BACKGROUND OF THE INVENTION
1. Field of the Invention
This invention relates to a system and a method for processing positioning signals to estimate an acceleration of an embedded timing signal, so as to improve the performance of a positioning function.
2. Discussion of the Related Art
Changes in frequency can reduce the signal-to-noise ratio in a measured positioning signal, typically acquired by calculating a correlation between the positioning signal and a locally generated replica. This reduction in signal-to-noise ratio is particularly relevant in a system in which a coherent correlation is calculated over a long time period. Hence, there is a need for a method and a system to estimate the variations of the clock's frequency. In addition, there is a need for a method and a system that uses these estimated variations to improve processing of the positioning signals.
The following co-pending U.S. patent applications (“Co-pending Patent Applications”) assigned to the Assignee of the present patent application disclose relevant signal processing techniques:
- 1. Signal Acquisition using Data Bit Information, Ser. No. 09/888,228, filed Jun. 22, 2001, now U.S. Pat. No. 6,512,479, issued Jan. 28, 2003 (hereafter, “Application 228”);
- 2. Synthesizing Coherent Correlation Sums at One or Multiple Carrier Frequencies Using Correlation Sums Calculated at a Coarse Set of Frequencies, Ser. No. 09/888,227, filed Jun. 22, 2001 (hereafter, “Application 227”);
- 3. Extracting Fine-Tuned Estimates from Correlation Functions Evaluated at Limited Number of Values, Ser. No. 09/888,338, filed Jun. 22, 2001, (hereafter, “Application 338”);
- 4. Determining the Spatio-Temporal and Kinematic Parameters of a Signal Receiver and its Clock by Information Fusion, Ser. No. 09/888,229, filed Jun. 22, 2001 now U.S. Pat. No. 6,542,116, issued Apr. 1, 2003 (hereafter, “Application 229”);
- 5. Determining Location Information Using Sampled Data Containing Location-Determining Signals And Noise, Ser. No. 09/888,337, filed Jun. 22, 2001, now U.S. Pat. No. 6,535,163, issued Mar. 18, 2003 (hereafter, “Application 337”);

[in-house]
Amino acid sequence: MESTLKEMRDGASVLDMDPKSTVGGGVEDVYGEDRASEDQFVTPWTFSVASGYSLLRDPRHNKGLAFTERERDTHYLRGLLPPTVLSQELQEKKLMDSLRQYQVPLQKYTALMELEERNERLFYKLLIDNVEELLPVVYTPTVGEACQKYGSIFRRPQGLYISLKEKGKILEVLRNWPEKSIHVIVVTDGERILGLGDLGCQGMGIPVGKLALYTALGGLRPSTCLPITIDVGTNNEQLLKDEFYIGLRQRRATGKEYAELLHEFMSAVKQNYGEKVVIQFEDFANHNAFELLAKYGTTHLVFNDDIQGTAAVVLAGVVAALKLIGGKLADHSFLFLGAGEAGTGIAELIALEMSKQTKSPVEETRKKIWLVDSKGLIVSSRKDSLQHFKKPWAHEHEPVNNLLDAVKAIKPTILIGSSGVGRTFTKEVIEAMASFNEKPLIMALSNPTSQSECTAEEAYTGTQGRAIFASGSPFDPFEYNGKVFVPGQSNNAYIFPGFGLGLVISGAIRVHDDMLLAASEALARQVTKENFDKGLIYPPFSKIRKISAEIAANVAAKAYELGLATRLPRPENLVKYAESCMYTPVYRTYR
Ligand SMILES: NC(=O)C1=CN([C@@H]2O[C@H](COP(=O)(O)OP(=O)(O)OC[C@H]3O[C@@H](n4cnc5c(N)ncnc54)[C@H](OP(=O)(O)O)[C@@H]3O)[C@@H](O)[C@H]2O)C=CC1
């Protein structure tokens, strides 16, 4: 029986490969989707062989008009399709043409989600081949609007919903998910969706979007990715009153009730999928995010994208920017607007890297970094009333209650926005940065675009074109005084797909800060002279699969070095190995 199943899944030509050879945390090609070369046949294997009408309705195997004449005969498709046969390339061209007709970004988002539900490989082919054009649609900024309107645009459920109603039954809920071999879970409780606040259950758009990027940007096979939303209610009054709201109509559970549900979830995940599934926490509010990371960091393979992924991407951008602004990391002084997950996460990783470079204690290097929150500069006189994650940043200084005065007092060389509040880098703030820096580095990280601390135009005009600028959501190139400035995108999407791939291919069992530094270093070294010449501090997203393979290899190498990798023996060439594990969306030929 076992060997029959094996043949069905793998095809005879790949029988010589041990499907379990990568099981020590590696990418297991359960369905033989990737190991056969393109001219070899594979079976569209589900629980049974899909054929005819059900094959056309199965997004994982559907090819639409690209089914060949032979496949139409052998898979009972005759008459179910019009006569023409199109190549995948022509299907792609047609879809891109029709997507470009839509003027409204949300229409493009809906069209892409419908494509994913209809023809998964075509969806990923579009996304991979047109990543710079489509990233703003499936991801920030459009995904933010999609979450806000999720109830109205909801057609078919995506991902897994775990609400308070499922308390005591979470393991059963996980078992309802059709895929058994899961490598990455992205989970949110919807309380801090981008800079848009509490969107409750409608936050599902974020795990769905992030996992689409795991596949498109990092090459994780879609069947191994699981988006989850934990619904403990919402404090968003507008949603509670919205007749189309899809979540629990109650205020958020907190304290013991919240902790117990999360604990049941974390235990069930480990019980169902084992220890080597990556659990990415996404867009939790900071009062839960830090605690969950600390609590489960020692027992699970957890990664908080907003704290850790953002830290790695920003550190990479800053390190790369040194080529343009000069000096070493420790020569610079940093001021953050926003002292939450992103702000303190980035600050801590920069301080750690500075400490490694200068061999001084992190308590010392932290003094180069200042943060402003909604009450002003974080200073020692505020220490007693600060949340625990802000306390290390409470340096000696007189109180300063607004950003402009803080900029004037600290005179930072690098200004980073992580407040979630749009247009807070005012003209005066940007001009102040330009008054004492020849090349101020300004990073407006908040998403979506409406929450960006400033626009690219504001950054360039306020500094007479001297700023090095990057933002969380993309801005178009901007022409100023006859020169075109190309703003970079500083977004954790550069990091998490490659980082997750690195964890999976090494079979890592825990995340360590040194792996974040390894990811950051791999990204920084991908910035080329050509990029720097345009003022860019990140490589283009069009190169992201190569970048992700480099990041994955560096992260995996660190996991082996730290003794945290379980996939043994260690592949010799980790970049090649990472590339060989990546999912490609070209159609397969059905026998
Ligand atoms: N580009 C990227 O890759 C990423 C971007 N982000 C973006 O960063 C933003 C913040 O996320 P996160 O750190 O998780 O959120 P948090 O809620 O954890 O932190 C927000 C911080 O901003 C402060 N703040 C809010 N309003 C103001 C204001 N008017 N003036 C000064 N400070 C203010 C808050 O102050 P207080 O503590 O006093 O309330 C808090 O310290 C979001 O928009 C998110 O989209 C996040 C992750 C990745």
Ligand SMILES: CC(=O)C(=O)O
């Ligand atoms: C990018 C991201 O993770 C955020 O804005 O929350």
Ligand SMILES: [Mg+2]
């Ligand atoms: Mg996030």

- 6. System and method to estimate the location of a receiver in a multi-path environment, Ser. No. 10/237,556, filed on Sep. 6, 2002 (hereafter, “Application 556”); and
- 7. System and method estimate the location of a receiver, Ser. No. 10/237,557, filed on Sep. 6, 2002 (hereafter, “Application 557”).
The Copending Patent Applications are hereby incorporated by reference in their entireties.
SUMMARY OF THE INVENTION
The present invention provides a method and a system for a location determination based on estimating a clock signal acceleration. According to one embodiment of the present invention, the method includes (a) acquiring a first positioning signal; (b) analyzing the first positioning signal to provide an estimate of a clock signal acceleration; (c) acquiring additional positioning signals based on the estimate of the clock signal acceleration; and (d) performing the location determination using the first positioning signal and the additional positioning signals. In one embodiment of the present invention, the additional positioning signals are acquired using a stacking technique. The first positioning signal may be acquired based on a signal-to-noise ratio exceeding a predetermined threshold.
According to one embodiment, the clock signal acceleration may be estimated by (a) dividing the first positioning signal into a predetermined number of segments; (b) estimating a phase value for a time point in each of the segments; (c) fitting the phase values into a parametric model that depends on the phase values and the clock signal acceleration; and (d) deriving the clock signal from the parametric model. Such a parametric model, for example, may be based on a constant clock signal acceleration. The parametric model may be based on a parabolic function having variables: the clock signal acceleration, an initial phase value and a clock Doppler. In that embodiment, each phase value of the segments may be estimated using a quadrature correlation function based on phase values previously estimated.